Agreement, the right to assign overtime work,
the right to relieve employees from duty
because of lack of work or for other legitimate
shall be vested exclusively in the County.
2. In the event of change of equipment, the County shall
have the right to reduce the
working force if, in the sole judgment of the County, such reduction in the work force is
and nothing in this Agreement shall be construed to restrict the right of the County to adopt,
install, or operate new or improved equipment or methods of operation.
3. The Union recognizes the exclusive right of the County
to establish work rules.
4. The Union recognizes that the County has statutory and
charter rights and
obligations in contracting for matters relating to some municipal operations. The right of
contracting or subcontracting is vested exclusively in the County.
. . .
The County recognizes seniority. Seniority is defined as the
length of County service as
it is measured from the last date the employee was hired by the County and continuing until
quits or is discharged. Persons who move from temporary or seasonal positions to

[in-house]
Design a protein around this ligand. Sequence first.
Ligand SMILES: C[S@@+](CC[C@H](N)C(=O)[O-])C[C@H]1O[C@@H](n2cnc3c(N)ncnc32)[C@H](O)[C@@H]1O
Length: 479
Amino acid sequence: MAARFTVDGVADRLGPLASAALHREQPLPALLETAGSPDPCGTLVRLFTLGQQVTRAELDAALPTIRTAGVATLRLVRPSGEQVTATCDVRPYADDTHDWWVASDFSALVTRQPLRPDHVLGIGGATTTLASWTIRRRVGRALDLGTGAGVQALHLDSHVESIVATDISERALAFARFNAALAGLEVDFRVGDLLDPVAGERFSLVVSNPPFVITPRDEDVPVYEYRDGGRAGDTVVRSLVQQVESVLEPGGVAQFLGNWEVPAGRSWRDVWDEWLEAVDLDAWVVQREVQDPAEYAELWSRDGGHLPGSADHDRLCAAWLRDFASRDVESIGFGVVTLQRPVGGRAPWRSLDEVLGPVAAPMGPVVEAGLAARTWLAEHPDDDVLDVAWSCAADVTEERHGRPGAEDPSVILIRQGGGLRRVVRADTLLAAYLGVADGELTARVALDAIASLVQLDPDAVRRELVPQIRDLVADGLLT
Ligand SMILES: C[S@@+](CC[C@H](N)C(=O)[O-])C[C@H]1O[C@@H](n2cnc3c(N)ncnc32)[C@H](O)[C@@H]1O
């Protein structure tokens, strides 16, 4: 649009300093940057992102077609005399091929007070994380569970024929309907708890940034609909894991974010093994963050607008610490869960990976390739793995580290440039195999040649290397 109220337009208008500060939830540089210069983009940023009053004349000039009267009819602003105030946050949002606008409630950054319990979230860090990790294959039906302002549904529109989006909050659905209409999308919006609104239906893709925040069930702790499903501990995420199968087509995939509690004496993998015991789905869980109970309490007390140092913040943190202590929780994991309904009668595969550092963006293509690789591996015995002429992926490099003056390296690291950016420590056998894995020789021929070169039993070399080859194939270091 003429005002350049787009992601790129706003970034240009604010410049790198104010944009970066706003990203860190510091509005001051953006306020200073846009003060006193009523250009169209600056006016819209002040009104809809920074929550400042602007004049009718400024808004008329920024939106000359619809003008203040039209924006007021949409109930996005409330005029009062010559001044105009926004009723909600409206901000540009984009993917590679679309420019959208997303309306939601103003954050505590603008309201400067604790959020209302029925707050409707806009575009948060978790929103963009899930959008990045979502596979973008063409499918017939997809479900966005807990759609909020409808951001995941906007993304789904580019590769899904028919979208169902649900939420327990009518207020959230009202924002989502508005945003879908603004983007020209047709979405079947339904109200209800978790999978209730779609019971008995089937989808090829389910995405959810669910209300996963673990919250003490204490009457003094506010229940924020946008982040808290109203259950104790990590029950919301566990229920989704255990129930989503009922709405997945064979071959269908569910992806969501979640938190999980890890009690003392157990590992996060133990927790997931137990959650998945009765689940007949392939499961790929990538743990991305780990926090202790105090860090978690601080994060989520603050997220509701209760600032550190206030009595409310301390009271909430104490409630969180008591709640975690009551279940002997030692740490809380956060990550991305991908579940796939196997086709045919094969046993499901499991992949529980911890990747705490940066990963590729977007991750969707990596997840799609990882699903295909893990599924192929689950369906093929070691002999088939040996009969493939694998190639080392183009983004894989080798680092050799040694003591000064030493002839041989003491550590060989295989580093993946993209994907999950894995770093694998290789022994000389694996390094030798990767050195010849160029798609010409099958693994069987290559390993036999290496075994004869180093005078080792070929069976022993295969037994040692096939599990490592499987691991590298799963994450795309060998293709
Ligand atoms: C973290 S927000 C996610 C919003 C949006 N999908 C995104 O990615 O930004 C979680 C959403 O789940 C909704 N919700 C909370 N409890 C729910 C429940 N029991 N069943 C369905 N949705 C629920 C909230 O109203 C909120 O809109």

positions without a break in their continuous service shall have such service recognized for
purposes of establishing a last date of hire.
Eligibility for benefits shall be determined in accordance with
The term "departmental seniority" shall mean length of
within a specific
department. For purposes of interpreting this article, the departments are the following:
1. Highway (including Highway Department employees
assigned to the Landfill)
4. Solid Waste Department
Seniority shall not be diminished by temporary layoffs or
of absence without pay,
or while receiving temporary Worker's Compensation.
The County shall provide the secretary of the Union with
current department seniority
rosters in December of each year.
For posting purposes, the seniority of full-time employees
be given preferential